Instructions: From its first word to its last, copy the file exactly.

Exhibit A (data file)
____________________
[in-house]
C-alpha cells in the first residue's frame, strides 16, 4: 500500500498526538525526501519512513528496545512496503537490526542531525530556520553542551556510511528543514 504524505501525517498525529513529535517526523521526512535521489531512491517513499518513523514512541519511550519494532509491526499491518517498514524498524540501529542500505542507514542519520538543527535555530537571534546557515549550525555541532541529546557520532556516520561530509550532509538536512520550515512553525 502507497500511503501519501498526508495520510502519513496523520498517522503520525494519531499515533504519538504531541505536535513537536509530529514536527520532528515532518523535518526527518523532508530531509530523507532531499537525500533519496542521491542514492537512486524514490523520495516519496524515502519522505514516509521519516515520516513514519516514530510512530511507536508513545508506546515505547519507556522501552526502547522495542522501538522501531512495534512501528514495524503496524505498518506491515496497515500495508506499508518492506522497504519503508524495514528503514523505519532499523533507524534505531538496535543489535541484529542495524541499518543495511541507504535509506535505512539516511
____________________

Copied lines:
[in-house]
C-alpha cells in the first residue's frame, strides 16, 4: 500500500498526538525526501519512513528496545512496503537490526542531525530556520553542551556510511528543514 504524505501525517498525529513529535517526523521526512535521489531512491517513499518513523514512541519511550519494532509491526499491518517498514524498524540501529542500505542507514542519520538543527535555530537571534546557515549550525555541532541529546557520532556516520561530509550532509538536512520550515512553525 502507497500511503501519501498526508495520510502519513496523520498517522503520525494519531499515533504519538504531541505536535513537536509530529514536527520532528515532518523535518526527518523532508530531509530523507532531499537525500533519496542521491542514492537512486524514490523520495516519496524515502519522505514516509521519516515520516513514519516514530510512530511507536508513545508506546515505547519507556522501552526502547522495542522501538522501531512495534512501528514495524503496524505498518506491515496497515500495508506499508518492506522497504519503508524495514528503514523505519532499523533507524534505531538496535543489535541484529542495524541499518543495511541507504535509506535505512539516511